Pittsburgh bird spotlight: the American crow

As I was at the bus stop waiting for a 61D in Squirrel Hill to come to campus on Saturday evening, I witnessed a very interesting event: over a thousand crows flying over my head over the span of five minutes. To me, I think the most interesting part was that no one else was paying attention to what was happening above them. Out of the 20-something people that walked by me on the street, I only saw one person look up at them. So why were there so many crows flying above Squirrel Hill?

The answer is that crows will stay in southern Pennsylvania for the winter in flocks of thousands. The region has mild winters and an abundance of food over the cold months. Crows go out during the day to search for food and return at night to their roosts — places where flocks of crows have sometimes been seen gathering for decades. Many of these birds follow the same flight path every day they go out for food.

I had witnessed a flock of crows returning to their roost for the night. It was entertaining watching as they flew overhead; they came in short bursts, so I kept expecting the last crow, but they kept coming. Occasionally, one crow would run into another and they would have a little fight.

While crows are found in Pennsylvania year-round, some migrate south for the winter while others stay local and forage. This makes them partial migrants. Younger crows are more likely to migrate while older crows are more likely to stay around their nest year-round.

These birds usually fly somewhere between 25 and 30 miles per hour. However, if a strong tailwind is blowing, crows can reach up to 60 miles per hour. Crows have good maneuverability when in flight, meaning they can throw off airborne predators.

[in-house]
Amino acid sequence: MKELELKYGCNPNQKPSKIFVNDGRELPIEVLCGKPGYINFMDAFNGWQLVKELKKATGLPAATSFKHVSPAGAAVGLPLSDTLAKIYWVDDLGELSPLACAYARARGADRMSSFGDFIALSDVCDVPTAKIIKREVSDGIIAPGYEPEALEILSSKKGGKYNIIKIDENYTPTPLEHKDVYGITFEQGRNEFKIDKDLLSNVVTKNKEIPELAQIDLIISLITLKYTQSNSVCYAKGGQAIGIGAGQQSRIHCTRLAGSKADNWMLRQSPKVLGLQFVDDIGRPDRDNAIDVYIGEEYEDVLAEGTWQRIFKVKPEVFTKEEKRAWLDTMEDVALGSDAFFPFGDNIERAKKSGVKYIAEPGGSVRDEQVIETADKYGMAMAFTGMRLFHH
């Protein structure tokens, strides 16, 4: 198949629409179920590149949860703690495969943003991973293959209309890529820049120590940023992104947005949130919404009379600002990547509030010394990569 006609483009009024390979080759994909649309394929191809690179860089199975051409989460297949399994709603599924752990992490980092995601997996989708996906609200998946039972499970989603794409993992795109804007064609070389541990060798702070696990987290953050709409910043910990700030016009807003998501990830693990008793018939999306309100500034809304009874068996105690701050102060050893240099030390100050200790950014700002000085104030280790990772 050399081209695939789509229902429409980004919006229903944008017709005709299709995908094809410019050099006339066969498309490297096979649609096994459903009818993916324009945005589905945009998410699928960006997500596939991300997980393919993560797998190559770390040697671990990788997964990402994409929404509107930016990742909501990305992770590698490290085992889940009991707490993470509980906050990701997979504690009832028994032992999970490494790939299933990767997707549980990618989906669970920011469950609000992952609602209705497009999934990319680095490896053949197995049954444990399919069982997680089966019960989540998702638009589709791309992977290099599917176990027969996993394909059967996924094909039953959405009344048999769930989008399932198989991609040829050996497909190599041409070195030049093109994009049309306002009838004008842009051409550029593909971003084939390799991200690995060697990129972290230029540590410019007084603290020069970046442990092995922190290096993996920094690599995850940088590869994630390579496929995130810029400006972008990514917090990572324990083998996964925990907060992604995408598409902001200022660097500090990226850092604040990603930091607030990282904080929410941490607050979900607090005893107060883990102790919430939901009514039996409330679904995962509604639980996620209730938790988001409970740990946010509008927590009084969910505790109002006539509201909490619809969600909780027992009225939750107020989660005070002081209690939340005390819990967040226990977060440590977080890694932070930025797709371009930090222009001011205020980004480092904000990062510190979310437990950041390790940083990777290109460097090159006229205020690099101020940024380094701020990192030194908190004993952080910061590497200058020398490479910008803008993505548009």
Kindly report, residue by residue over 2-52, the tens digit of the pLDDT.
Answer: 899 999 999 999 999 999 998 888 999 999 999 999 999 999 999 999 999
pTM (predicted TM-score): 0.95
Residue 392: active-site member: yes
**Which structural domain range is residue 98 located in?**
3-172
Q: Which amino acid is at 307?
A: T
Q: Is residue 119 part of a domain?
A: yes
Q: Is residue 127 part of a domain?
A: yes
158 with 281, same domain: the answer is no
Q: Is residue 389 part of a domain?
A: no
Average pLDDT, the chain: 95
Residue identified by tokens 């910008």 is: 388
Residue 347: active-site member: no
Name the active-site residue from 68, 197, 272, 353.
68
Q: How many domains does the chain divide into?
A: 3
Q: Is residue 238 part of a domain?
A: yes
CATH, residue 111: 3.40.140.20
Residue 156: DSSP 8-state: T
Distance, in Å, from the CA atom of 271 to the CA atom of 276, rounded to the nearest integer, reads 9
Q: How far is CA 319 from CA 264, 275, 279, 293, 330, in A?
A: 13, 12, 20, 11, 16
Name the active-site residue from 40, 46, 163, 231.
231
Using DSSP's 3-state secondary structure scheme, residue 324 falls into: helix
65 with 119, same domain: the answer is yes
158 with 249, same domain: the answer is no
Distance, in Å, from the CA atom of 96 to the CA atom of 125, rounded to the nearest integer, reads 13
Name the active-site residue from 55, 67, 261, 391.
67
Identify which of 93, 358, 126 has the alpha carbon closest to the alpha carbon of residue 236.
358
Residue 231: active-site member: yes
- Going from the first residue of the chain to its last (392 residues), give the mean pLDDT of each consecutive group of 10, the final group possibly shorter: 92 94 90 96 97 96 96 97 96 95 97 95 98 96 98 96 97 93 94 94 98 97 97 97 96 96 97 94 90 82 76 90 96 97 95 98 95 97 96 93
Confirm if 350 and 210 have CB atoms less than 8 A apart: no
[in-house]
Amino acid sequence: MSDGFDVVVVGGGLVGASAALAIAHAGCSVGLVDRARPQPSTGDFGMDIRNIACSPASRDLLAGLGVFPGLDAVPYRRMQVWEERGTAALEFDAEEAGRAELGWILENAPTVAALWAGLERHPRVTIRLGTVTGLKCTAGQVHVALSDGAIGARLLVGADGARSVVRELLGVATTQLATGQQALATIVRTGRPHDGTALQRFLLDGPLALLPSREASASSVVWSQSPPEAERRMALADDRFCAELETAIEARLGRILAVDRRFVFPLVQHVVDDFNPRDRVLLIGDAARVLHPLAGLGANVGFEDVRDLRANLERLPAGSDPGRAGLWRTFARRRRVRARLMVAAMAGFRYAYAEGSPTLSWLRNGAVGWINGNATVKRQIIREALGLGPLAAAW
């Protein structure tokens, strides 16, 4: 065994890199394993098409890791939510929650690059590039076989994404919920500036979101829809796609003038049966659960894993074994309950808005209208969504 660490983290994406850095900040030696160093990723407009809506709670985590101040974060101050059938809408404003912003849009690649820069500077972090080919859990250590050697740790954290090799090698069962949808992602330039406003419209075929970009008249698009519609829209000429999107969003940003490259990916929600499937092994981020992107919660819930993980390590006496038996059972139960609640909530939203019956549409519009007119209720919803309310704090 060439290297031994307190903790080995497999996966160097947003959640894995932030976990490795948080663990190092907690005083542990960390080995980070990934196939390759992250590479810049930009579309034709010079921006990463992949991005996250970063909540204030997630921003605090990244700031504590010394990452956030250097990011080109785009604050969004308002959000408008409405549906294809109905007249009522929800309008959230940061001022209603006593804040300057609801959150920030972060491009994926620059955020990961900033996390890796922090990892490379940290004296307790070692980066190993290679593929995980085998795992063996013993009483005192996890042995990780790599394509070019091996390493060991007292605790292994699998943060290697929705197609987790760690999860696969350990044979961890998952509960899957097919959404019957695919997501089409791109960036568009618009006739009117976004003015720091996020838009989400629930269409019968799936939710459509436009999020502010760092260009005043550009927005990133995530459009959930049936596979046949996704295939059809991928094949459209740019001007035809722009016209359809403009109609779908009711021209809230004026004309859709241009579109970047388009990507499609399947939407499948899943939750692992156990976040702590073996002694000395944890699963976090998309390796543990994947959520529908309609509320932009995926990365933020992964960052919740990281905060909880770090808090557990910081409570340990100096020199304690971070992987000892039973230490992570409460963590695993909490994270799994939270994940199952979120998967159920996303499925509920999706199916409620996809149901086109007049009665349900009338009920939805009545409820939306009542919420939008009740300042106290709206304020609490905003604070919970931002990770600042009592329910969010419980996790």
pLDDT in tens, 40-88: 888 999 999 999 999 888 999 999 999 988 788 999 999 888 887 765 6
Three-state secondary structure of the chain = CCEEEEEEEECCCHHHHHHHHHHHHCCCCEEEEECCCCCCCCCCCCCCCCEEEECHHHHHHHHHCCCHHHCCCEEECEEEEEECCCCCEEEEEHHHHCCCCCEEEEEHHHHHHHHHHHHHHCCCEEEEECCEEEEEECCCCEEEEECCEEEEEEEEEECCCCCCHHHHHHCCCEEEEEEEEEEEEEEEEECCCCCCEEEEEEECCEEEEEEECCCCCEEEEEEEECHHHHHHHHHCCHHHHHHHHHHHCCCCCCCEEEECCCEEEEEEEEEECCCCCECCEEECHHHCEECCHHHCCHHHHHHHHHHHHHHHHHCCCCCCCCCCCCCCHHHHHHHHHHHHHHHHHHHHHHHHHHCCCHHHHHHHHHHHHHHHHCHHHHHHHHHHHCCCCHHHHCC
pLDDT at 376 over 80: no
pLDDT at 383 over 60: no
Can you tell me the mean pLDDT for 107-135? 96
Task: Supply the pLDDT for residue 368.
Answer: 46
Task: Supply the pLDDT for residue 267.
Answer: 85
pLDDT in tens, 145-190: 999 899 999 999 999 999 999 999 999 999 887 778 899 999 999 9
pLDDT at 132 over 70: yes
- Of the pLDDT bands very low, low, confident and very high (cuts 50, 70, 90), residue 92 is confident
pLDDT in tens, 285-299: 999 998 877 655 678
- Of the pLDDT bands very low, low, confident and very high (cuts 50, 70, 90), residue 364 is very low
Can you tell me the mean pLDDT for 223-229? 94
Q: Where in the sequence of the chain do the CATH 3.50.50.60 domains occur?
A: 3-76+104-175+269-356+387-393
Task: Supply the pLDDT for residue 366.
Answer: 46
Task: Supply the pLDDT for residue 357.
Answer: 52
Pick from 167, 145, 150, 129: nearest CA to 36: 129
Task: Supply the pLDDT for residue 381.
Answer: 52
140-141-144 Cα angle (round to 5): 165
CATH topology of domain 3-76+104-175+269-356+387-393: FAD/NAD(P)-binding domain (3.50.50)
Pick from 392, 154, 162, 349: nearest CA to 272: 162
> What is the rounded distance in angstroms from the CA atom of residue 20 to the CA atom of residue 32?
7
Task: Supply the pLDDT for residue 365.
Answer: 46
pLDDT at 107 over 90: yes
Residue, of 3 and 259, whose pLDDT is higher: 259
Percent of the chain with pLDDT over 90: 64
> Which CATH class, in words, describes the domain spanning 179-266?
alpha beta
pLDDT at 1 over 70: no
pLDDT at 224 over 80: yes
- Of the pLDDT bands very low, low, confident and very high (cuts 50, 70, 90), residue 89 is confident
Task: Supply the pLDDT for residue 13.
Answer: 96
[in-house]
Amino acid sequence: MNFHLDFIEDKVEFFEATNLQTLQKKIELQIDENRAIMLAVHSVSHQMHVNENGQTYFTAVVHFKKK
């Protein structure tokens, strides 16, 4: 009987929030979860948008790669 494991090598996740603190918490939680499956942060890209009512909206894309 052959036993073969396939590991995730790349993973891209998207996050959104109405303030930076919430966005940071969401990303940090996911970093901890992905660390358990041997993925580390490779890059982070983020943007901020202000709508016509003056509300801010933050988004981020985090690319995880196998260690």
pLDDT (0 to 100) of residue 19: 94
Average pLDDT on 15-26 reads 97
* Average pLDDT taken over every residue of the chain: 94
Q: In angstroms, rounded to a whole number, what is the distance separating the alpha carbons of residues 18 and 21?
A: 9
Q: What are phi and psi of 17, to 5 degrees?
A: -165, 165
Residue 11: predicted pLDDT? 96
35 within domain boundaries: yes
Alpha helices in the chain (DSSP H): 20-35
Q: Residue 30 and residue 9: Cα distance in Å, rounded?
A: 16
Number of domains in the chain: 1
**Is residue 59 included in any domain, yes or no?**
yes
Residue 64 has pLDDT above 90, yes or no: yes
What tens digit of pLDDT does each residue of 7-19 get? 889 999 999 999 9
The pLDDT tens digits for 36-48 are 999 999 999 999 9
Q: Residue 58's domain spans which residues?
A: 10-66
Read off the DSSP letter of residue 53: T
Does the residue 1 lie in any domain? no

During winter, crows have been observed to fly up to 30 miles in a single day in search of food. Their diet consists of grasshoppers, caterpillars, grubs, worms, most insects, grain, fruit, the eggs and young of other birds, and organic garbage. As a general rule of thumb, they will eat anything they are bigger than and can also overpower. They have also been observed eating the carcasses of roadkill.

While crows are predators of songbirds and waterfowl, they are also prey for some larger birds. Young crows and eggs fall victim to raccoons, opossums, and tree-climbing snakes if left unprotected. Hawks and owls will also attack crows in all life stages; they are especially vulnerable to night attacks from great horned owls. As a result, when crows spot owls and hawks during the day time, they will mob it. Mobbing involves crows swooping, calling out to other crows, and harassing the predator. However, crows will also be mobbed by smaller birds like kingbirds and red-winged blackbirds.

The next time you’re out and you hear a bird cry, look up. There’s a chance there’s hundreds of birds right above your head.